Eight attorneys apply for Kenai Superior Court

Sitting judges, a public defender, assistant district attorneys and a private practice lawyer are among the eight applicants vying to become the next Kenai Superior Court judge.

Anchorage attorney Roberta C. Erwin; Kenai Magistrate Judge Martin C. Fallon; Anchorage Assistant District Attorney Jason Gist; Kodiak Assistant Public Defender Hatton Greer; Kenai District Attorney Scot H. Leaders; Valdez District Court Judge Daniel Schally; Kenai Assistant District Attorney Samuel D. Scott; and Palmer Assistant District Attorney Shawn Traini have all applied to replace Superior Court Judge Charles T. Huegelet, according to a July 30 Alaska Judicial Council release.

Huegelet will retire in October after 15 years on the Kenai Superior Court bench. The Superior Court seat is the second to open up this year in Kenai — Judge Anna M. Moran retired earlier this month after more than a decade on the Superior Court.

The applicants include several locals, including Fallon and Leaders — who both applied to fill the vacancy left by Moran.

Schally also applied for the position left open by Moran, and was one of the two finalists chosen by the Judicial Council in May. Lance Joanis, who formerly served as the assistant attorney general for the Kenai Children’s Protective Section, was ultimately chosen by the governor for the position.

Kenai Assistant District Scott, a 15-year resident of Alaska who graduated from the University of Houston Law Center in 2000, is also among the applicants.

Other applicants for the upcoming Superior Court vacancy come from a variety of backgrounds.

A 49-year resident of Alaska and graduate of the University of Puget Sound School of Law, Erwin has practice law for 24 years and currently works in private practice in Anchorage.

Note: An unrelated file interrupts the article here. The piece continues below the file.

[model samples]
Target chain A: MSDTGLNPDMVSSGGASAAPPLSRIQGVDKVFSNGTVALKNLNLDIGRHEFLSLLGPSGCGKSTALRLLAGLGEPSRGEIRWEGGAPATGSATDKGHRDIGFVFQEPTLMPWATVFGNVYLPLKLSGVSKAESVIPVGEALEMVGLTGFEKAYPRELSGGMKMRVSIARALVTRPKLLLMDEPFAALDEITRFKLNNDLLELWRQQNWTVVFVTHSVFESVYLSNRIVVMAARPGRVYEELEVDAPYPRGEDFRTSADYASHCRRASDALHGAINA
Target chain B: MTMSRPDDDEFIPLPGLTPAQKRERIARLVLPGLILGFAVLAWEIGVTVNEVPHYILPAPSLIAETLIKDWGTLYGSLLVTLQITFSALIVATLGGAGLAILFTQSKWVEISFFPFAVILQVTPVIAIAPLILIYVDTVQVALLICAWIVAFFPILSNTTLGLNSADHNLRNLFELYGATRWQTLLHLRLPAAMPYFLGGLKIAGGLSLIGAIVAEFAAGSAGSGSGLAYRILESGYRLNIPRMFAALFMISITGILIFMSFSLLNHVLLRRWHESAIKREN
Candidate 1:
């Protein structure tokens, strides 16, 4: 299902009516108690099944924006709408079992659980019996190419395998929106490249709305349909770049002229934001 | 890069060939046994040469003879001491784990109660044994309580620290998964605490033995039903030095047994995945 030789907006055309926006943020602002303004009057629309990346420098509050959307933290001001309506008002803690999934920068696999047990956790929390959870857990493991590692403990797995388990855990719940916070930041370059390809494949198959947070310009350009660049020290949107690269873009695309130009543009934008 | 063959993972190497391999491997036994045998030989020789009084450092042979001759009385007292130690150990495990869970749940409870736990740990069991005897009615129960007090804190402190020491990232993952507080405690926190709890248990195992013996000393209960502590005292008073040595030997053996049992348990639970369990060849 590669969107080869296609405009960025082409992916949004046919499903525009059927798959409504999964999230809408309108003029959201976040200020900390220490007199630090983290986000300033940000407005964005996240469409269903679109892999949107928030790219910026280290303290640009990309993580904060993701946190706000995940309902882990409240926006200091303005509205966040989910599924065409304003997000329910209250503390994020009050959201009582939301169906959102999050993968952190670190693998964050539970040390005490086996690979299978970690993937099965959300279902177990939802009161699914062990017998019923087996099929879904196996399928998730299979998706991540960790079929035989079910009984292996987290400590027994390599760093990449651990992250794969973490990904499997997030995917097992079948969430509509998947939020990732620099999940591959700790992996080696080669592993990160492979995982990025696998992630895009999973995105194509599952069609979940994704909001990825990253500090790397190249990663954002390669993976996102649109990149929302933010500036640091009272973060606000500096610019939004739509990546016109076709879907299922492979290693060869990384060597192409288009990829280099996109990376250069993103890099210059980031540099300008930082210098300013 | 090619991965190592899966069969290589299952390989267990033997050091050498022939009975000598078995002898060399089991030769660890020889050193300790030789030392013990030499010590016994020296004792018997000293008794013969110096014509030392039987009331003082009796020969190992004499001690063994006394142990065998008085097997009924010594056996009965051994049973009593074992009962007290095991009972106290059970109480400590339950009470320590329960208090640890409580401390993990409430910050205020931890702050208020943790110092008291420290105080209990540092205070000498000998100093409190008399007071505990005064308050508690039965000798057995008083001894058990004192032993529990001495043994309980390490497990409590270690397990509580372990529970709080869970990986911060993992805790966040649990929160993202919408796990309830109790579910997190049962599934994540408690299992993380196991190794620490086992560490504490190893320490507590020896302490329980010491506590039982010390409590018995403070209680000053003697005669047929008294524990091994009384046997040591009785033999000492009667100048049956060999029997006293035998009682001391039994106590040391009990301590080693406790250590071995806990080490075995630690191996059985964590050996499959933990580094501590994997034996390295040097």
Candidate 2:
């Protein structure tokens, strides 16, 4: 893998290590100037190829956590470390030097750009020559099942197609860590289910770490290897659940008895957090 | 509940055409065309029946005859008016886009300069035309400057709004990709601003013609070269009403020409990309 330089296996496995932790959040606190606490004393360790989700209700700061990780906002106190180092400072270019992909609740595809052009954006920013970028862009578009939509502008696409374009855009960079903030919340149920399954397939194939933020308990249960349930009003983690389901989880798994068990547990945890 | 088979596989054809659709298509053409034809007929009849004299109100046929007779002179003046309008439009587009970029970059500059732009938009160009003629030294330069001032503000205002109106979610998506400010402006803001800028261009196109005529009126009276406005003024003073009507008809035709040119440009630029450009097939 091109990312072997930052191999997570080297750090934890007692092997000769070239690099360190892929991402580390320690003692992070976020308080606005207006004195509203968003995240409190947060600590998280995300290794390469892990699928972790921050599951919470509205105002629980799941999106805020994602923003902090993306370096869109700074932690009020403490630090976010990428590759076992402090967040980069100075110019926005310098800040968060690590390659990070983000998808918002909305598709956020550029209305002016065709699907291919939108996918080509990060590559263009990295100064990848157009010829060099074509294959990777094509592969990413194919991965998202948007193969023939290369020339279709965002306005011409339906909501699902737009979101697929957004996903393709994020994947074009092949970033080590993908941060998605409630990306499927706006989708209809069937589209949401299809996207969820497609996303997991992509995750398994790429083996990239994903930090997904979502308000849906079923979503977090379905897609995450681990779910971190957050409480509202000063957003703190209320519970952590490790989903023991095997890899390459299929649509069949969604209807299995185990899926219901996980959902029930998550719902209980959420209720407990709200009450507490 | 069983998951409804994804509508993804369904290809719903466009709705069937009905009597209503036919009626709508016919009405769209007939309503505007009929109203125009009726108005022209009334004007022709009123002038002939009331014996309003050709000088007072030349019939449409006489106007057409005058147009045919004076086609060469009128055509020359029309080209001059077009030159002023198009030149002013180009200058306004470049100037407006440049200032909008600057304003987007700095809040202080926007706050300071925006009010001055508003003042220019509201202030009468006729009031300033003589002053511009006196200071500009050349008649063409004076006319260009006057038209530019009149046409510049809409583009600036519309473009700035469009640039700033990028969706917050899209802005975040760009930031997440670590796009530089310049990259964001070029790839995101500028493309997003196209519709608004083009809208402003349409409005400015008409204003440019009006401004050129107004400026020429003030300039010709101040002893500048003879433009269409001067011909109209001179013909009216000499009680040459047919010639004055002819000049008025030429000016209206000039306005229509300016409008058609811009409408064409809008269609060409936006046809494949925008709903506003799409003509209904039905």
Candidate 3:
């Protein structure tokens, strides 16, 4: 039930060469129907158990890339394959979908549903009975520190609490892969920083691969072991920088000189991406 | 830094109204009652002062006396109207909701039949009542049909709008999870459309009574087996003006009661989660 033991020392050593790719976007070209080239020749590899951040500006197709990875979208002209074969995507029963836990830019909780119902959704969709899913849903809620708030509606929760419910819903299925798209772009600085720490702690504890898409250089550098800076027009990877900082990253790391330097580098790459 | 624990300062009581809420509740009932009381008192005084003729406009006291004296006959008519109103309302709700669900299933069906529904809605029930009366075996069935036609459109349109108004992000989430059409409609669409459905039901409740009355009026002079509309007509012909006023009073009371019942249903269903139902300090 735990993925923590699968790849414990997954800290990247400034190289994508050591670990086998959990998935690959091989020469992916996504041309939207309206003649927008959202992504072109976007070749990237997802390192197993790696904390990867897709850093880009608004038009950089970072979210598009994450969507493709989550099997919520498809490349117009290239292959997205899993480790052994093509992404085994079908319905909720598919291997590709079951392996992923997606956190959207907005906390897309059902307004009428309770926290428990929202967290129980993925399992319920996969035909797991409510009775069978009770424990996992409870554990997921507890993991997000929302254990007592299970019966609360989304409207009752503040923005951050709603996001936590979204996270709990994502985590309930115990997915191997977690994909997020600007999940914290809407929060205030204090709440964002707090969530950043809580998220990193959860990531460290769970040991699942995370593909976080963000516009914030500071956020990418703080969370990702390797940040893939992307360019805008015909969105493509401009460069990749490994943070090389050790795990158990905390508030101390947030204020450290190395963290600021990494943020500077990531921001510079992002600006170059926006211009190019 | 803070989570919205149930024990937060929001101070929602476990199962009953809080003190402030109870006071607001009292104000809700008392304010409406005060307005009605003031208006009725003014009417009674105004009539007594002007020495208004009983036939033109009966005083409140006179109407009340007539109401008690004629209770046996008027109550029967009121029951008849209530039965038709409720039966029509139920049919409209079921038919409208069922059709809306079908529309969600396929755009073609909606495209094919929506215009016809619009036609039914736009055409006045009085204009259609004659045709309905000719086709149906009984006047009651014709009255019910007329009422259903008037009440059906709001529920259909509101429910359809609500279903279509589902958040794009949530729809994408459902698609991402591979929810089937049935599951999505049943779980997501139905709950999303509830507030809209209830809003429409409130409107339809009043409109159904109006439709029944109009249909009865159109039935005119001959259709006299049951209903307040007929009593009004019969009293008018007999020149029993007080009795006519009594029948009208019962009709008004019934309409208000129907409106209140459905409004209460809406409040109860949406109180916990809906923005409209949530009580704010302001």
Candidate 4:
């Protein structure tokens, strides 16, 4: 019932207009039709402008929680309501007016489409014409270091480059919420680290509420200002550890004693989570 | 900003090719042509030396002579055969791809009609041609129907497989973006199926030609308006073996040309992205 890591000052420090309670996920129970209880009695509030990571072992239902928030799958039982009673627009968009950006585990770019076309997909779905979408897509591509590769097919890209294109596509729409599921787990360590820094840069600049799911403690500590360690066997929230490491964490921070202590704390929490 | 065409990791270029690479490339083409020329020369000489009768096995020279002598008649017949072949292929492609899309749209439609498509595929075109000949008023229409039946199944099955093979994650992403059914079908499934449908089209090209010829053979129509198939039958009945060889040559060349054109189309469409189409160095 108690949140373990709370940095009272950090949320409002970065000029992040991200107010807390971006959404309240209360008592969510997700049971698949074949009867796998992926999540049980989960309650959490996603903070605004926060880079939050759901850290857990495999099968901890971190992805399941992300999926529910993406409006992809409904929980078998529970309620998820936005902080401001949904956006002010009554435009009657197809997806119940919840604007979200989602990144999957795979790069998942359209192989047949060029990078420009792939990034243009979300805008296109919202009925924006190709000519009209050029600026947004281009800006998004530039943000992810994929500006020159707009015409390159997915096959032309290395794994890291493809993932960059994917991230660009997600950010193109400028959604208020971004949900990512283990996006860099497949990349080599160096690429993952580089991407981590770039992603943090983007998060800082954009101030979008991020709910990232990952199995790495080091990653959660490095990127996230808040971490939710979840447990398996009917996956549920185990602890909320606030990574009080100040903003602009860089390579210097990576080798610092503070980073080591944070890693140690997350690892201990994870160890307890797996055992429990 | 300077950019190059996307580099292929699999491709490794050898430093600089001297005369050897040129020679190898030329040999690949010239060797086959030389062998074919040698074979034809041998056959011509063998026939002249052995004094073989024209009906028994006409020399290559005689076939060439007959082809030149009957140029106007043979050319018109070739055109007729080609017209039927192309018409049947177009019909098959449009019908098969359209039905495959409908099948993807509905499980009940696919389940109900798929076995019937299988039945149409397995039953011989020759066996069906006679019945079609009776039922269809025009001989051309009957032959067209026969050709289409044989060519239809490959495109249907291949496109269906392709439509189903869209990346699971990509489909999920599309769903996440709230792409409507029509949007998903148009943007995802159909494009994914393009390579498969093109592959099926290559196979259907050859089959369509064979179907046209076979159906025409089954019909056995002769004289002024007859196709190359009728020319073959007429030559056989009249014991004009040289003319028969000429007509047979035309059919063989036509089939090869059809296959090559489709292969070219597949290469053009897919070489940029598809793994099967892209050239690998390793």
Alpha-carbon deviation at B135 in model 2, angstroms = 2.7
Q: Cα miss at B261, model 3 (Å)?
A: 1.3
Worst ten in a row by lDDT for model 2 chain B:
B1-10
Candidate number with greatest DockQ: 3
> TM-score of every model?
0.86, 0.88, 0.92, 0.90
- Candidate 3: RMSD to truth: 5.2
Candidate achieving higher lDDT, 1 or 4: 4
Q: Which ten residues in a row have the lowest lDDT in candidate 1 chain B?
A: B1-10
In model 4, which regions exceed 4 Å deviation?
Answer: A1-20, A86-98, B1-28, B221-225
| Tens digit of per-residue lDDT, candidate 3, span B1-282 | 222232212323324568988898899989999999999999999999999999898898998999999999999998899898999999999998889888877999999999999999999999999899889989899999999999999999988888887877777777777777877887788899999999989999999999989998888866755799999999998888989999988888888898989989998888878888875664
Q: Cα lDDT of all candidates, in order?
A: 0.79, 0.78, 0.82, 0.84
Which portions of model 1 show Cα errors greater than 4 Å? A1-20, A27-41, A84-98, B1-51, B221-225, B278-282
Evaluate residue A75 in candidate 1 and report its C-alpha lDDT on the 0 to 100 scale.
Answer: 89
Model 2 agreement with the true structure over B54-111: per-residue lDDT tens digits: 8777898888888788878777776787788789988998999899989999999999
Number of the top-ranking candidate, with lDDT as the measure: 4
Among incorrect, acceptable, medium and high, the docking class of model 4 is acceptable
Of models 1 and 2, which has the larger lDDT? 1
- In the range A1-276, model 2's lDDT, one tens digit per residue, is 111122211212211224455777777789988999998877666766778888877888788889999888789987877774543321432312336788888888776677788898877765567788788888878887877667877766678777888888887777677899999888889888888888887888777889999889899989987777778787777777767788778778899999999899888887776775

A graduate of the University of California, Berkeley, Boalt Hall School of Law, Anchorage Assistant District Attorney Jason Gist has lived and practiced law in Alaska for 14 years.

A 42-year resident of Alaska, Greer graduated from the Chicago-Kent School of Law in 2003 and currently serves as an assistant public defender in Kodiak.

Traini, who graduated from the University of Utah, S.J. Quinney College of Law, has lived in Alaska 33 years. He currently serves as an assistant district attorney in Palmer.

Alaska Superior Court judges can hear all cases — both criminal and civil — brought before the state courts, excepting cases that go directly to the Supreme Court. The Superior Court also acts as an appellate court for cases that have already been tried in the District Court.

The seven-member Alaska Judicial Council — made up of the Chief Justice, three public members and three attorney members — will evaluate applicants on a number of criteria, including an applicants’ case history, input from references, former employers and an Alaska Bar Association survey that allows the legal community to give their opinions on the applicants’ legal skills and integrity.